Ship wreck trail in Northland?
A wreck trail in Northland? That is the topic of a presentation by Malcolm McGregor, President of the Marine Archaeological Association of NZ at the Conference on Sustainable Tourism to be held in the Bay of Islands between 29 and 31 October.
Malcolm’s investigations indicate that there were at least 39 ships wrecked on the east coast from Bream Head to Great Exhibition Bay, plus the three deliberate sinkings: the frigate ‘Waikato’, ‘Tui’ and of course the ‘Rainbow Warrior’ at the Cavalli Islands.
“The earliest of these was the ‘Venus’ which is known to have sunk somewhere between Cape Brett and North Cape in 1806.”
Divers with local knowledge are being asked for information about any wrecks still visible.
“In Wellington there are at least 28 sites of wrecks with visible remains - including some with largely complete hulls. These are well known to Wellington divers, and the MAANZ’s objective is to create a Martine Wreck Trail around Port Nicholson.
“Our ancestors, both Polynesian and European, relied on the ocean for transport, food, and trade,” he said. “Unfortunately much of the population is blissfully unaware not only of our maritime heritage but also its importance. Each year many relics are lost forever. Members of MAANZ are working together as an Association and also many in their own right to bring about a change.”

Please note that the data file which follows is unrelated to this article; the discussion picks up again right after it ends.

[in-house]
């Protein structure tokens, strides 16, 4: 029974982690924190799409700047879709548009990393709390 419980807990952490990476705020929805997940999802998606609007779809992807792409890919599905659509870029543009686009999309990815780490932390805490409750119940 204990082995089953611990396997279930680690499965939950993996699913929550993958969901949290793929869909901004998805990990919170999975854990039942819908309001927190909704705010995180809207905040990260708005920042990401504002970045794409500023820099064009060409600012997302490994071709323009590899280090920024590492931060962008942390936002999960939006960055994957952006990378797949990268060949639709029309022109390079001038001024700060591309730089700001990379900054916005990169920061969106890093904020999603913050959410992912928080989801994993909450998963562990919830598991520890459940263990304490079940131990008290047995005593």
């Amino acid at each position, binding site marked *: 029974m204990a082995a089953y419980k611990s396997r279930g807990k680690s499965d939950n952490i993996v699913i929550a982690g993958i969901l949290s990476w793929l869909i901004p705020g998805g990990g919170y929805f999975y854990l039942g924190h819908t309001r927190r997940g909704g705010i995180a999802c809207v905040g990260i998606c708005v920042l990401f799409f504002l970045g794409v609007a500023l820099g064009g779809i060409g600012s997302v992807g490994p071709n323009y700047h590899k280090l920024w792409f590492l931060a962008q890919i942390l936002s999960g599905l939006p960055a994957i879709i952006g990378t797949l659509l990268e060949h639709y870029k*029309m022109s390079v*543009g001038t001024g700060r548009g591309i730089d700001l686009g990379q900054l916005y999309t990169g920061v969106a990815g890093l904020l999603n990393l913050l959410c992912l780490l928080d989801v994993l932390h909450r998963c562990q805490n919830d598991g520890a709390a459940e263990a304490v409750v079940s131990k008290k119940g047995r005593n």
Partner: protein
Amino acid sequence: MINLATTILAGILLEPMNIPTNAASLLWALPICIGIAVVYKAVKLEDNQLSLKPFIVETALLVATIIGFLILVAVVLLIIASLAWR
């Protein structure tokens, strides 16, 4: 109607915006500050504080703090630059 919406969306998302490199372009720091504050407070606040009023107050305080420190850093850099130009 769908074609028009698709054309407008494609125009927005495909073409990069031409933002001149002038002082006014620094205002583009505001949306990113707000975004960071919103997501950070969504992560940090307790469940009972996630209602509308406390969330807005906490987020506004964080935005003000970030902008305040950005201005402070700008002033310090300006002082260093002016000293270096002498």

Of the 2000 shipwrecks around NZ’s shores, approximately 1200 come under the protection of the Historic Places Act. For any vessel protected under this Act, a permit must be obtained before the site is altered in any way.
The Marine Reserves Act also provides protection for wreck sites. It is administered by the Department of Conservation through which it is possible to obtain a permit to undertake a survey of a wreck within the boundary of a marine reserve.
For some years now Northland divers have
talked about the feasibility of a Marine Wreck Trail
extending from Tutukaka north as far as the Cavalli Islands.
Such a proposal will be discussed in detail at the